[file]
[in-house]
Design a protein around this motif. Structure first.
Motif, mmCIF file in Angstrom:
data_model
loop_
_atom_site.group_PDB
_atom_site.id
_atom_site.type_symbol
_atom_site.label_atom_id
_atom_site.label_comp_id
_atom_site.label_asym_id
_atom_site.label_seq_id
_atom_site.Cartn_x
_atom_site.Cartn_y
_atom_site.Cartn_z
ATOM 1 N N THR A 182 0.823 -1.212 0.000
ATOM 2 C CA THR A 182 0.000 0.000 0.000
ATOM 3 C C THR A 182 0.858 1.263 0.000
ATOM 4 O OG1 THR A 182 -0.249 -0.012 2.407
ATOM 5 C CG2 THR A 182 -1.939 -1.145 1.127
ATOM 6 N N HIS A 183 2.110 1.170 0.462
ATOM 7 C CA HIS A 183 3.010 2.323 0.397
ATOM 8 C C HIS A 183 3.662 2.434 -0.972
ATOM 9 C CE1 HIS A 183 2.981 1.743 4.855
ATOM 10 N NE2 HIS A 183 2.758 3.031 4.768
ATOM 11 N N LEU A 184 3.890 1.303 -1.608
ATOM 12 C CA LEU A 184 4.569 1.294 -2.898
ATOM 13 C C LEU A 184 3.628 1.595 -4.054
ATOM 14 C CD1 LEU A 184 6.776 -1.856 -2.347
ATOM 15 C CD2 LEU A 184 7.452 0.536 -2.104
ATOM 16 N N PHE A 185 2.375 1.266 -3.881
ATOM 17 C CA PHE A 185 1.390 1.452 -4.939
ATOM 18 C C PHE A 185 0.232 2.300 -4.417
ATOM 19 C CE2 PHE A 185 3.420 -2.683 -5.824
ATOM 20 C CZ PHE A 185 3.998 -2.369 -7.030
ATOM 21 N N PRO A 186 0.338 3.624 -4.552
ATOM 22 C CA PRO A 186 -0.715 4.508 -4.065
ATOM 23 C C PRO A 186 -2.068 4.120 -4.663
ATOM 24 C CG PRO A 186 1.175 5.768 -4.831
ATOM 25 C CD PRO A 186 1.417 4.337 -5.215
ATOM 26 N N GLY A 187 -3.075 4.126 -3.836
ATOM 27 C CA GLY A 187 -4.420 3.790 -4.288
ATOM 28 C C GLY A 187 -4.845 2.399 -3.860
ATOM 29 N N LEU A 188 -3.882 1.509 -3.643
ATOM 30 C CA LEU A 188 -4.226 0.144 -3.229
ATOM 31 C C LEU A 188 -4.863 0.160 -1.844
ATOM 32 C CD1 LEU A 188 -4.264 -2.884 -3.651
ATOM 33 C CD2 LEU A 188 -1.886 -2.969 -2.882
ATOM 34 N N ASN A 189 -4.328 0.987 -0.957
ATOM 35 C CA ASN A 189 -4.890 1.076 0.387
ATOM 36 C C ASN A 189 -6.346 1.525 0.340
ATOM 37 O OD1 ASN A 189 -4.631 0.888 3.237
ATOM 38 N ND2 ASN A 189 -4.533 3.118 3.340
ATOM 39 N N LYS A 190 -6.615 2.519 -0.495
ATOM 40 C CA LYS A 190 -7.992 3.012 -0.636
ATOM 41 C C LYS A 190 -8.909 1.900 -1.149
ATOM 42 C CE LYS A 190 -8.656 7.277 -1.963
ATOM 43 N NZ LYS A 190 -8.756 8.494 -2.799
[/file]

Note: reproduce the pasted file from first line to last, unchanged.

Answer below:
[in-house]
Design a protein around this motif. Structure first.
Motif, mmCIF file in Angstrom:
data_model
loop_
_atom_site.group_PDB
_atom_site.id
_atom_site.type_symbol
_atom_site.label_atom_id
_atom_site.label_comp_id
_atom_site.label_asym_id
_atom_site.label_seq_id
_atom_site.Cartn_x
_atom_site.Cartn_y
_atom_site.Cartn_z
ATOM 1 N N THR A 182 0.823 -1.212 0.000
ATOM 2 C CA THR A 182 0.000 0.000 0.000
ATOM 3 C C THR A 182 0.858 1.263 0.000
ATOM 4 O OG1 THR A 182 -0.249 -0.012 2.407
ATOM 5 C CG2 THR A 182 -1.939 -1.145 1.127
ATOM 6 N N HIS A 183 2.110 1.170 0.462
ATOM 7 C CA HIS A 183 3.010 2.323 0.397
ATOM 8 C C HIS A 183 3.662 2.434 -0.972
ATOM 9 C CE1 HIS A 183 2.981 1.743 4.855
ATOM 10 N NE2 HIS A 183 2.758 3.031 4.768
ATOM 11 N N LEU A 184 3.890 1.303 -1.608
ATOM 12 C CA LEU A 184 4.569 1.294 -2.898
ATOM 13 C C LEU A 184 3.628 1.595 -4.054
ATOM 14 C CD1 LEU A 184 6.776 -1.856 -2.347
ATOM 15 C CD2 LEU A 184 7.452 0.536 -2.104
ATOM 16 N N PHE A 185 2.375 1.266 -3.881
ATOM 17 C CA PHE A 185 1.390 1.452 -4.939
ATOM 18 C C PHE A 185 0.232 2.300 -4.417
ATOM 19 C CE2 PHE A 185 3.420 -2.683 -5.824
ATOM 20 C CZ PHE A 185 3.998 -2.369 -7.030
ATOM 21 N N PRO A 186 0.338 3.624 -4.552
ATOM 22 C CA PRO A 186 -0.715 4.508 -4.065
ATOM 23 C C PRO A 186 -2.068 4.120 -4.663
ATOM 24 C CG PRO A 186 1.175 5.768 -4.831
ATOM 25 C CD PRO A 186 1.417 4.337 -5.215
ATOM 26 N N GLY A 187 -3.075 4.126 -3.836
ATOM 27 C CA GLY A 187 -4.420 3.790 -4.288
ATOM 28 C C GLY A 187 -4.845 2.399 -3.860
ATOM 29 N N LEU A 188 -3.882 1.509 -3.643
ATOM 30 C CA LEU A 188 -4.226 0.144 -3.229
ATOM 31 C C LEU A 188 -4.863 0.160 -1.844
ATOM 32 C CD1 LEU A 188 -4.264 -2.884 -3.651
ATOM 33 C CD2 LEU A 188 -1.886 -2.969 -2.882
ATOM 34 N N ASN A 189 -4.328 0.987 -0.957
ATOM 35 C CA ASN A 189 -4.890 1.076 0.387
ATOM 36 C C ASN A 189 -6.346 1.525 0.340
ATOM 37 O OD1 ASN A 189 -4.631 0.888 3.237
ATOM 38 N ND2 ASN A 189 -4.533 3.118 3.340
ATOM 39 N N LYS A 190 -6.615 2.519 -0.495
ATOM 40 C CA LYS A 190 -7.992 3.012 -0.636
ATOM 41 C C LYS A 190 -8.909 1.900 -1.149
ATOM 42 C CE LYS A 190 -8.656 7.277 -1.963
ATOM 43 N NZ LYS A 190 -8.756 8.494 -2.799